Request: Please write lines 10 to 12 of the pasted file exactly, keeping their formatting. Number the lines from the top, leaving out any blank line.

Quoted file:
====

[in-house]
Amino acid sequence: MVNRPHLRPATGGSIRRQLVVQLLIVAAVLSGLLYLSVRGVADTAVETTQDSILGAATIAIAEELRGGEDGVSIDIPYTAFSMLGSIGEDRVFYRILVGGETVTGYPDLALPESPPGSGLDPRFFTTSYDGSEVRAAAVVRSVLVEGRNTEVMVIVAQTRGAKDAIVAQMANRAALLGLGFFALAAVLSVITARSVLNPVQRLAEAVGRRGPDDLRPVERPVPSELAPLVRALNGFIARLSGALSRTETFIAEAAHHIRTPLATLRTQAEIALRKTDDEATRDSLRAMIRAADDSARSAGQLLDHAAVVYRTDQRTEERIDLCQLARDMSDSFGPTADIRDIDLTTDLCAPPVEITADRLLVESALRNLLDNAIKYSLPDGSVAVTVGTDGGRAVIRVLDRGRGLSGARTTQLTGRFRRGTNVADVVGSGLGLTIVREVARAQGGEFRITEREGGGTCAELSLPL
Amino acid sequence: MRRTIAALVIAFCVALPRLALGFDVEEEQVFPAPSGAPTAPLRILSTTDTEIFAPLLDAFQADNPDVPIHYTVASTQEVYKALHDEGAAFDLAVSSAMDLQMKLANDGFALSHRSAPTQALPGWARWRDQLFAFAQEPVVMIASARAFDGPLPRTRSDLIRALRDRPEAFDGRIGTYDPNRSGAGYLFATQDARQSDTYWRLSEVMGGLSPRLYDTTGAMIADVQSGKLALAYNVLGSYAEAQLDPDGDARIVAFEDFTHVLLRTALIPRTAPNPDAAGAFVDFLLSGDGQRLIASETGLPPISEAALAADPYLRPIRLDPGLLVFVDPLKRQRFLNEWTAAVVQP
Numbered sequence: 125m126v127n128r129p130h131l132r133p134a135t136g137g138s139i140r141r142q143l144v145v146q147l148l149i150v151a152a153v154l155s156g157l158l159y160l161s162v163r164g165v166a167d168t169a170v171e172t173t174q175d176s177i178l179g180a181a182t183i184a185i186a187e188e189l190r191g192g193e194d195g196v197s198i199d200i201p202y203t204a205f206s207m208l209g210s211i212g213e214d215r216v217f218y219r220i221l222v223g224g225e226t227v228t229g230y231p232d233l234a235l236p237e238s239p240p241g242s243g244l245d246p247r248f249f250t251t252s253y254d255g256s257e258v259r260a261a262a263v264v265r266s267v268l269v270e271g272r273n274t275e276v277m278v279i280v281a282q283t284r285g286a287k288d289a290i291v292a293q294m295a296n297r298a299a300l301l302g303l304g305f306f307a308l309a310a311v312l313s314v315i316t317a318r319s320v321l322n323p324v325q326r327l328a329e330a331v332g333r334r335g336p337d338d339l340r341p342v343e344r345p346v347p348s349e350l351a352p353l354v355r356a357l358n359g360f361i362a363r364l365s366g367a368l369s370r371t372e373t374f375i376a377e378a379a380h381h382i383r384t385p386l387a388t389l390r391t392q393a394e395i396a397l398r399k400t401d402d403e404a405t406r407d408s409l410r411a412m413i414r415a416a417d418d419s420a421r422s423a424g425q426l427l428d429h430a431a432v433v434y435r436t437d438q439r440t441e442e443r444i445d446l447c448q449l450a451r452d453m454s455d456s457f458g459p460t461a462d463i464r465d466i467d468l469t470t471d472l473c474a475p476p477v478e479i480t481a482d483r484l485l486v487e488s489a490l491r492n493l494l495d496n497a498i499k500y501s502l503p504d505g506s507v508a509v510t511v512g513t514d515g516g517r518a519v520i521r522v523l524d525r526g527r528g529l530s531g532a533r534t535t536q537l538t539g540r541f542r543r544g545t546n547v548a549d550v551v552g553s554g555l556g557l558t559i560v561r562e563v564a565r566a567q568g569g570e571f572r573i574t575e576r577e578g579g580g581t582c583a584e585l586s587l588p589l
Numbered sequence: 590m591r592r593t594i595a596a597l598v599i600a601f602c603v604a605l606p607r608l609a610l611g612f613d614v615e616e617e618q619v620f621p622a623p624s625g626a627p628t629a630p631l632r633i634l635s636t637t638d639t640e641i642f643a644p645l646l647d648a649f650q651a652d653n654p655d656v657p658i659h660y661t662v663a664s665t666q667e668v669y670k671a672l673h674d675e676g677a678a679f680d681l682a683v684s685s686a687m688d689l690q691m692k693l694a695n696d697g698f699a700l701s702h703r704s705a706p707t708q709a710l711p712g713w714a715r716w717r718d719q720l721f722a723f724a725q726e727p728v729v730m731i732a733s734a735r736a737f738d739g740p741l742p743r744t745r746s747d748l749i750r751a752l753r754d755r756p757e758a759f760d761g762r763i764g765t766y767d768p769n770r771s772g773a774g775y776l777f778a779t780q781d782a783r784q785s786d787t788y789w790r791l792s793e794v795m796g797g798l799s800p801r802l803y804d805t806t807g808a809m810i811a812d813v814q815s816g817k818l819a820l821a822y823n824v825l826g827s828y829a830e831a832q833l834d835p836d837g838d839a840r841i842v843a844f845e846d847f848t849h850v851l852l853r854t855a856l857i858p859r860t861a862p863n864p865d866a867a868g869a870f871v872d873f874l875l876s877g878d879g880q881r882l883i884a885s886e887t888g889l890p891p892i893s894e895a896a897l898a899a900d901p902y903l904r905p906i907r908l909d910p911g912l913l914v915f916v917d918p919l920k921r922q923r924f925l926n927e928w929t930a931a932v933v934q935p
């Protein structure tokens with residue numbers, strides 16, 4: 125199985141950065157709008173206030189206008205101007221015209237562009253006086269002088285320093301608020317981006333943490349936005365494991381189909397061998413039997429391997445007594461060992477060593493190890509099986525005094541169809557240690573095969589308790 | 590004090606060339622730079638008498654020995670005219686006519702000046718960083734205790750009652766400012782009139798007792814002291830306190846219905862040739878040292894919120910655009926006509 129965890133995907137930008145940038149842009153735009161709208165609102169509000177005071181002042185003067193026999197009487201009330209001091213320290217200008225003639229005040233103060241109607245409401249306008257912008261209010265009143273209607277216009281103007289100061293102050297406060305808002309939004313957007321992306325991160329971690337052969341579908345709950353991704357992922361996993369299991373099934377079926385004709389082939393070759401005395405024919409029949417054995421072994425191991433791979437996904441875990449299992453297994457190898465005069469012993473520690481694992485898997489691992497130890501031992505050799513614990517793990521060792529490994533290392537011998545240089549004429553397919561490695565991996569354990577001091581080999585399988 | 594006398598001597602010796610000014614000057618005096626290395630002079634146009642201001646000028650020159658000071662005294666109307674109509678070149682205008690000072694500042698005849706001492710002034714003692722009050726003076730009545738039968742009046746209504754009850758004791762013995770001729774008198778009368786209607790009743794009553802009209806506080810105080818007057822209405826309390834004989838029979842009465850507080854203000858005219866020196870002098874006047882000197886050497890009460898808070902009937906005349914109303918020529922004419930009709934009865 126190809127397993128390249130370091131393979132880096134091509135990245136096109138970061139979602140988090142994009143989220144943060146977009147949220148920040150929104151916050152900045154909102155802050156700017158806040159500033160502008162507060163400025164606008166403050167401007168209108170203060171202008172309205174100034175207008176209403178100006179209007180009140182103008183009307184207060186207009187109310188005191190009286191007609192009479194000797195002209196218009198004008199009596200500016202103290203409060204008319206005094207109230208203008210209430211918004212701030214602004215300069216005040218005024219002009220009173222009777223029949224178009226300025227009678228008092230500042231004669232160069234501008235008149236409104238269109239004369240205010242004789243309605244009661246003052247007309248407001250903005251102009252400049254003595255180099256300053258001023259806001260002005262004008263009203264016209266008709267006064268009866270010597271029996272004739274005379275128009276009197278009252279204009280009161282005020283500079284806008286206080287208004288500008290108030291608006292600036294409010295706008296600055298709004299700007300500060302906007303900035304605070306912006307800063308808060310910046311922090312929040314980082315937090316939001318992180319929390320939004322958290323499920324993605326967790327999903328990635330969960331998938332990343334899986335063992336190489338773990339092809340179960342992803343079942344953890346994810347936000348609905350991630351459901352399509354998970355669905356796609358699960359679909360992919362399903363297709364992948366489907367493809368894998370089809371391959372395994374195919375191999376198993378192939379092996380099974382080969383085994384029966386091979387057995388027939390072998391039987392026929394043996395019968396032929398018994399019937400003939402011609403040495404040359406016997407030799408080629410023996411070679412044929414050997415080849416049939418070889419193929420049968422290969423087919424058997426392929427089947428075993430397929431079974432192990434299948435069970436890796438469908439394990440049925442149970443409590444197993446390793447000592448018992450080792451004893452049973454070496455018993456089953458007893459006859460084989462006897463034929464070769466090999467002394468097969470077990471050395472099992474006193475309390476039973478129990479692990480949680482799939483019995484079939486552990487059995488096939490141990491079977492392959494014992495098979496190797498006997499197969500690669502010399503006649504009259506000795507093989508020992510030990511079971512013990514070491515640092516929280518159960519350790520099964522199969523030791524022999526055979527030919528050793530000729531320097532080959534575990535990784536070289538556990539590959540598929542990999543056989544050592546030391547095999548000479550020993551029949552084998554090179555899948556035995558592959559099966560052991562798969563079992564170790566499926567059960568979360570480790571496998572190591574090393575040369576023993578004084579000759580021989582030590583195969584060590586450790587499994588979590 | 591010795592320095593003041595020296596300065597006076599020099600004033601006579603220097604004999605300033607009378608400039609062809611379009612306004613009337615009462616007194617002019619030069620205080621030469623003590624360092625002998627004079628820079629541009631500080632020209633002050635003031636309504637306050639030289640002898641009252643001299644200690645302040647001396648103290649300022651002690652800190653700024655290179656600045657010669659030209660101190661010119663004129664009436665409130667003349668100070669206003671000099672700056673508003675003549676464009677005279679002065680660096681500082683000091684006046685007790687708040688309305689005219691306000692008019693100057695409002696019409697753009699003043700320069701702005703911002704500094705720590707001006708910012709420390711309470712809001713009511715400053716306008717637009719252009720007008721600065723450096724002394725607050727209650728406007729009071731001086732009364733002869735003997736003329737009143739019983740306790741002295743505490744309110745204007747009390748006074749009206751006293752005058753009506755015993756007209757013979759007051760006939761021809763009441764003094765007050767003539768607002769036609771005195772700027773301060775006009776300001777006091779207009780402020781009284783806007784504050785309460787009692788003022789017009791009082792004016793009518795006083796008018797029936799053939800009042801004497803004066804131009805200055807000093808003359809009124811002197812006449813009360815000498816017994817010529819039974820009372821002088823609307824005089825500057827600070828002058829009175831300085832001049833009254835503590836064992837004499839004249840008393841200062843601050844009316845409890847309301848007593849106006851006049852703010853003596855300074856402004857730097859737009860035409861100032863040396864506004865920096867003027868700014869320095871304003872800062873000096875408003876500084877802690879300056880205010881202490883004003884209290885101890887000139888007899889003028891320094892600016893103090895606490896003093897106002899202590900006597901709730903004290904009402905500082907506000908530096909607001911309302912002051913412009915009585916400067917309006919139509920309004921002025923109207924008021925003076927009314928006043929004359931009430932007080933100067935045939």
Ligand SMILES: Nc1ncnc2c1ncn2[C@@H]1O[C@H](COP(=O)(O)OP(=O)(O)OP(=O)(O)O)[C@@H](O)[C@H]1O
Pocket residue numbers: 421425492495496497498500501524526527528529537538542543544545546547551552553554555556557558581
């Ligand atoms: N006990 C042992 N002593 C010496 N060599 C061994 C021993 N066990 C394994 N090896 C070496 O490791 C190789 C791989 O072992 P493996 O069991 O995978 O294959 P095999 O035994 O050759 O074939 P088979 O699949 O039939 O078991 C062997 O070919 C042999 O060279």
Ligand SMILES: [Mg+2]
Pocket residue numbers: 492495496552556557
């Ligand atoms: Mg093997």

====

Ligand SMILES: [Mg+2]
Pocket residue numbers: 492495496552556557
């Ligand atoms: Mg093997």